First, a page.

Lyndsay: It’s kind of a mystery even to me how the songs even came to be what they are. It seems like it just happens. So, sometimes it’s just better to let other people listen to it and put the words on it. There is one term that I feel pretty close to, which is prog-grass. It’s that prog element of the highly arranged instrumental music.

Lyndsay Pruett of The Jon Stickley Trio

MFN: Your influences run the gambit of genres, but bluegrass is the foundation of what you do. Is there one overriding moment that you can pinpoint in your individual histories or the band’s history that you chose bluegrass as the foundation for your music?

Jon: I joined a bluegrass band in college and fell in love with the style of music. So much so that that I was obsessed with it and wanted it to be the thing that I focused on, and I wanted to be the best at. So bluegrass guitar – that is the foundation that this is built on – is the style of acoustic flatpicking guitar.

One band that had a huge influence on Lyndsay and myself is the David Grisman Quintet. Hearing that and then going down the rabbit hole of bluegrass guitar is what put me on the road to playing gigs and becoming a professional musician. I never took music that seriously until then. I just didn’t see it as a job. I went to school to be a park ranger, and before I went on tour I was going to be a missionary.

Lyndsay: Bela Fleck and The Flecktones was my most favorite band growing up. I was the number one nerd for them. After I graduated from college I got to play with their drummer and got to play in his side project Futureman for few years, which was really cool. But, they have this sound that doesn’t sound like bluegrass at all, but there is this foundation of bluegrass that’s there anyway.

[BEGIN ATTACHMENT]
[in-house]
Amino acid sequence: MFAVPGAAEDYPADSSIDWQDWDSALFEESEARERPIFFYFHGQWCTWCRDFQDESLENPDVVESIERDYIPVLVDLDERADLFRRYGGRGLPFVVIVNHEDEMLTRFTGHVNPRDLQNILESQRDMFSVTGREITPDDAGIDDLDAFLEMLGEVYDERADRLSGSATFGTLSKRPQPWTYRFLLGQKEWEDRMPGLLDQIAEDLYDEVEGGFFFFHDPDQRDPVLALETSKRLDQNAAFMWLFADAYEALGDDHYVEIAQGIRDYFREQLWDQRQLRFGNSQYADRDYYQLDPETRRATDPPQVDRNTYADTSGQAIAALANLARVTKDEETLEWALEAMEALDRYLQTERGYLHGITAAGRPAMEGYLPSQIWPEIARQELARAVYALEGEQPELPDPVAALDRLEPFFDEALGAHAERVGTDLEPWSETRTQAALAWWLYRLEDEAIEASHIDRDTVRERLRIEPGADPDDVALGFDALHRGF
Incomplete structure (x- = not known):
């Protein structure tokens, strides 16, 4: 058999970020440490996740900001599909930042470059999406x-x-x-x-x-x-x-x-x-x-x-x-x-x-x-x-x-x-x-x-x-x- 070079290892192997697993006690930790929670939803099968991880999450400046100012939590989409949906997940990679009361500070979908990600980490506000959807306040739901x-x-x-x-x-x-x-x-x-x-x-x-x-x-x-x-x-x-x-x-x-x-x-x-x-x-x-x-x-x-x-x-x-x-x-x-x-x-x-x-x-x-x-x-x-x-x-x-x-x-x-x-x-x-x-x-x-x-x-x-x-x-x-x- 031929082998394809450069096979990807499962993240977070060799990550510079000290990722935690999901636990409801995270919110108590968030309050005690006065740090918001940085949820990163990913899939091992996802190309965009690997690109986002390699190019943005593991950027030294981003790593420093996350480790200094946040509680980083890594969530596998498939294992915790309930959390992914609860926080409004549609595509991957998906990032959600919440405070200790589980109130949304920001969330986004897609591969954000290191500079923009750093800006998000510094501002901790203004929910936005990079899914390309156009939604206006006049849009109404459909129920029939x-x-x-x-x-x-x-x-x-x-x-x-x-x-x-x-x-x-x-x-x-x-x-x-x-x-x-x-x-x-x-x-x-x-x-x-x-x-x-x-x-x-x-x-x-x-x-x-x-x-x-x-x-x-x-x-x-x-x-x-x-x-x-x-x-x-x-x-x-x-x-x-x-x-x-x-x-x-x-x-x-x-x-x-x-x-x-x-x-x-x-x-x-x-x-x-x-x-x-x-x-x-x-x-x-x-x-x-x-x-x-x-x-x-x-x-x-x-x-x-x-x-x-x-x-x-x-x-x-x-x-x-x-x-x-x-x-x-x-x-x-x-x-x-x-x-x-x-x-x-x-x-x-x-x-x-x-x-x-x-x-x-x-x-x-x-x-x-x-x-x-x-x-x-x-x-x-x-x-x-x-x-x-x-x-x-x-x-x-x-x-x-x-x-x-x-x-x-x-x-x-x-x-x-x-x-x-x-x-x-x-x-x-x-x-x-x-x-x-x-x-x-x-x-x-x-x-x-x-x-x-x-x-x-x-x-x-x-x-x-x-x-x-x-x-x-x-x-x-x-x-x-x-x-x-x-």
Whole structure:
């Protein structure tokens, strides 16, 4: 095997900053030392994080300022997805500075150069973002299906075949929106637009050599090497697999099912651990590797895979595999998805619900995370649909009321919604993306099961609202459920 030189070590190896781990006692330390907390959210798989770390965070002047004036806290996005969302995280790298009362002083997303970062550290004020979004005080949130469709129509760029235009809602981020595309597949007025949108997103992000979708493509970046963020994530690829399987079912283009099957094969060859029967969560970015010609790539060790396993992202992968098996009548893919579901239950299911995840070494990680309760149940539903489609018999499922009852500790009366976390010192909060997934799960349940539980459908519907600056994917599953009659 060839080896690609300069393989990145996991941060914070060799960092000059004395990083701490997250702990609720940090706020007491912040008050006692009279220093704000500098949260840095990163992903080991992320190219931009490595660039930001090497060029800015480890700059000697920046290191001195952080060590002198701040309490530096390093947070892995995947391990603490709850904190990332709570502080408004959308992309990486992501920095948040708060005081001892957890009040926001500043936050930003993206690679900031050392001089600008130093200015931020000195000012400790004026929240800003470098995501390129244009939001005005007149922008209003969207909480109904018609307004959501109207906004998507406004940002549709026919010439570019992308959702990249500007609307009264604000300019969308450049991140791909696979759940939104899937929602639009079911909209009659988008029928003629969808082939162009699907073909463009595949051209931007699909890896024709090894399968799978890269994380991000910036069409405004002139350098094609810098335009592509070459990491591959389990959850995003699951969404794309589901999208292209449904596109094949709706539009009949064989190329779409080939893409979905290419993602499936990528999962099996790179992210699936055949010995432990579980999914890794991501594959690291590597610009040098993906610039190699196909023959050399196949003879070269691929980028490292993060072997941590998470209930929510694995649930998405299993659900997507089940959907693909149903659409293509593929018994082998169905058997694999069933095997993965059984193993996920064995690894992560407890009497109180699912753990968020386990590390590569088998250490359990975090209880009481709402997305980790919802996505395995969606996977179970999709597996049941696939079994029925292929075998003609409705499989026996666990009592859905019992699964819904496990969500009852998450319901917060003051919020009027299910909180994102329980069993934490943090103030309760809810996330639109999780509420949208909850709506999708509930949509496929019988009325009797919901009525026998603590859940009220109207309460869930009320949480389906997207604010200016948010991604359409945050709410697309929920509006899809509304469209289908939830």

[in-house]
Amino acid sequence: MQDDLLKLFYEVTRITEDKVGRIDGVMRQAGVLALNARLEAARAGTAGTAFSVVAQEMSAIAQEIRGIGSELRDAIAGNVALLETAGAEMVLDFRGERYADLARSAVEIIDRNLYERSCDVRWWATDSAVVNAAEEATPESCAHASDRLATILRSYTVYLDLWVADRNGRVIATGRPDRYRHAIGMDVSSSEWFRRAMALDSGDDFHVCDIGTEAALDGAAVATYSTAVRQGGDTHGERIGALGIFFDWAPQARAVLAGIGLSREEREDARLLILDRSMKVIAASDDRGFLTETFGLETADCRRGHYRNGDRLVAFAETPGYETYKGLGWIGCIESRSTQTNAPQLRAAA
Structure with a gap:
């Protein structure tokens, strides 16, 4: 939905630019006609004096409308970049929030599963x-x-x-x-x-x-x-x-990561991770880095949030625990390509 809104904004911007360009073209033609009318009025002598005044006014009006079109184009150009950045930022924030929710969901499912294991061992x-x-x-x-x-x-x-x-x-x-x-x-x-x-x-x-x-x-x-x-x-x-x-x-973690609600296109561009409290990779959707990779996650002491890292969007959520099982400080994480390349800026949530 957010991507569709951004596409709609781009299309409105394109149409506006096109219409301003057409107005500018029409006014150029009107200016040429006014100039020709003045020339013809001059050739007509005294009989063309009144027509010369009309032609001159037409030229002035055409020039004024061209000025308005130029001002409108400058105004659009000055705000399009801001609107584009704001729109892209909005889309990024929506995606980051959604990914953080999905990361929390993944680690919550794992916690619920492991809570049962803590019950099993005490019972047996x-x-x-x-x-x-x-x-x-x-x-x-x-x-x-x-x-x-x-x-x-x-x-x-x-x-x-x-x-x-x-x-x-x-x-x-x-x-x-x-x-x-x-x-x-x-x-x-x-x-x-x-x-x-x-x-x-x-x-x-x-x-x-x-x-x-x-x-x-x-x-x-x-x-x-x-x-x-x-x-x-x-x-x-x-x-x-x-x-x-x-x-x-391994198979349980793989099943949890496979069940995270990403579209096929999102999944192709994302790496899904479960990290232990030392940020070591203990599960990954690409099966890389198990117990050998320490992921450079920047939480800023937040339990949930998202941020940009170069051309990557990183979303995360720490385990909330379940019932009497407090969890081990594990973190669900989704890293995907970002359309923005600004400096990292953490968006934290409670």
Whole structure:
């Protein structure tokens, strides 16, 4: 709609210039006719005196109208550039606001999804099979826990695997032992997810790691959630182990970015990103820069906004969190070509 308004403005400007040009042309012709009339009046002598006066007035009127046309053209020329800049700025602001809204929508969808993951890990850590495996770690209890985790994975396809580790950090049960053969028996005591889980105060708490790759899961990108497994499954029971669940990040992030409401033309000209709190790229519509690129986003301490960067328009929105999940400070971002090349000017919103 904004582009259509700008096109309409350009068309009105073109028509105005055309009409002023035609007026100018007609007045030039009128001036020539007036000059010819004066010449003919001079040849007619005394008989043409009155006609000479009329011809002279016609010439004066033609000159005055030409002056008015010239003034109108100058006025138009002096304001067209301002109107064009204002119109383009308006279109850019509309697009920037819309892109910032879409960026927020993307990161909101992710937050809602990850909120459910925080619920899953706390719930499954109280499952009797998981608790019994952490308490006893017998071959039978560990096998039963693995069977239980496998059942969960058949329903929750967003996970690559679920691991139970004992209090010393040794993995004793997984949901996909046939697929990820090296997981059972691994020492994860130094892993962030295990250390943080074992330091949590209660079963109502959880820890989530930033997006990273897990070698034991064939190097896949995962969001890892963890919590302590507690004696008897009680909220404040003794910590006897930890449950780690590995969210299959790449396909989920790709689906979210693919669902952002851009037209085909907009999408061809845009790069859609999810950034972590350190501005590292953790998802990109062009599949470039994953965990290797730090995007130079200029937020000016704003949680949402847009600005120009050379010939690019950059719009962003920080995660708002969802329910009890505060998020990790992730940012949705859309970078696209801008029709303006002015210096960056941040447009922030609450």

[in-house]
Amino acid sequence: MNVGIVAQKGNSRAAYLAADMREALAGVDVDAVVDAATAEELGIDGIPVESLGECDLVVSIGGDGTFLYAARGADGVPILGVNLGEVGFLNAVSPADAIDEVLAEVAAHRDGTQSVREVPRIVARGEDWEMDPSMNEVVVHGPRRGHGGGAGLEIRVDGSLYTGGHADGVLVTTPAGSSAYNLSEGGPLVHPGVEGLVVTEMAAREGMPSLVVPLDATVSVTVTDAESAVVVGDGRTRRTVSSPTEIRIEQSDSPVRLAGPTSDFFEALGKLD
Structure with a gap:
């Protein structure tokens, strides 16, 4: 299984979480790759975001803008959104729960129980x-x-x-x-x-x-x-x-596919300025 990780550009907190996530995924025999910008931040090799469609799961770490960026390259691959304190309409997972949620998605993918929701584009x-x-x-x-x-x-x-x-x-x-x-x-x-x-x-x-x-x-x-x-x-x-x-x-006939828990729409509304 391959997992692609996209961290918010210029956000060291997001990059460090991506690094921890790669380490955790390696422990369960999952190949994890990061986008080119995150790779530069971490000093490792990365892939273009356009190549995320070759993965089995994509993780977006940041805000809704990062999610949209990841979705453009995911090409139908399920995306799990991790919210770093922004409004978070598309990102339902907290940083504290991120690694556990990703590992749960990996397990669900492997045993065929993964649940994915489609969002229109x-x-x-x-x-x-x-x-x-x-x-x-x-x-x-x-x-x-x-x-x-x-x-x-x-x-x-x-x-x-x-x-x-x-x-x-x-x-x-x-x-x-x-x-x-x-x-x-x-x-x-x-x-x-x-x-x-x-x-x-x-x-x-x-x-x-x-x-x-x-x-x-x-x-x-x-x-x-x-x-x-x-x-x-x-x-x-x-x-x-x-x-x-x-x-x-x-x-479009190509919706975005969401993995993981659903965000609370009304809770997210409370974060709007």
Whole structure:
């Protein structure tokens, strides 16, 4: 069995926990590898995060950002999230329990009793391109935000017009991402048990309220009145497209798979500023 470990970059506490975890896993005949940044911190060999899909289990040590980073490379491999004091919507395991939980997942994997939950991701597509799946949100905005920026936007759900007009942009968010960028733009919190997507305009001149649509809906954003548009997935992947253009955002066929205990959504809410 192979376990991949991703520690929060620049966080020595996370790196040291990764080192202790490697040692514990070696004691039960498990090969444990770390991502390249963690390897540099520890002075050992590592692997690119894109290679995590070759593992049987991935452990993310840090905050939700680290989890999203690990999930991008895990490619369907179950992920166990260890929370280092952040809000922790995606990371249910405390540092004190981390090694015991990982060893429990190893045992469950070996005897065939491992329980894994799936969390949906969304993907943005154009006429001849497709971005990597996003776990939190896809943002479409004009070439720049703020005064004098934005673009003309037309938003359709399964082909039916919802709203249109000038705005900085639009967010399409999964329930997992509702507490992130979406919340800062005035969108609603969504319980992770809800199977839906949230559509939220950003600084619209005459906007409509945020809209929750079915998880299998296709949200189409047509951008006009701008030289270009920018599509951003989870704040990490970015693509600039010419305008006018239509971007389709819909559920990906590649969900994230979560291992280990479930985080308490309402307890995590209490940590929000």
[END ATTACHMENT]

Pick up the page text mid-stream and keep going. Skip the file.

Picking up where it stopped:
Lyndsay Pruett and Jon Stickley

MFN: Digging a little deeper into your musical influences, my ears perked up when I heard punk being played in what you do. Was punk something that influenced all of you?

Jon: For me, for sure. Right now it’s the main thing I’m listening to. I’ve ripped of some things from my favorite punk bands for sure. NOFX and Propaghandi are two of my favorites. But more than the subject matter, the energy and the rebellious nature of our music is one of the more punk elements of it. In a way, our music is bucking a lot of the mainstream traditions. That’s what punk is all about.

Patrick: It is that energy that Jon just said – to just not go along with one demographic or not be completely middle-of-the-road band. I’ve always been interested in bands that push the edge and have a little bit of a rebellious nature. And just doing something a little bit different, or super different, I feel we do that a little bit, especially in this bluegrass scene. We are way left of normal in the world of bluegrass.

Jon Stickley Trio

MFN: Patrick, you used to play in a rap group. Tell me about the intersect between hip hop and rap and bluegrass. How does that work?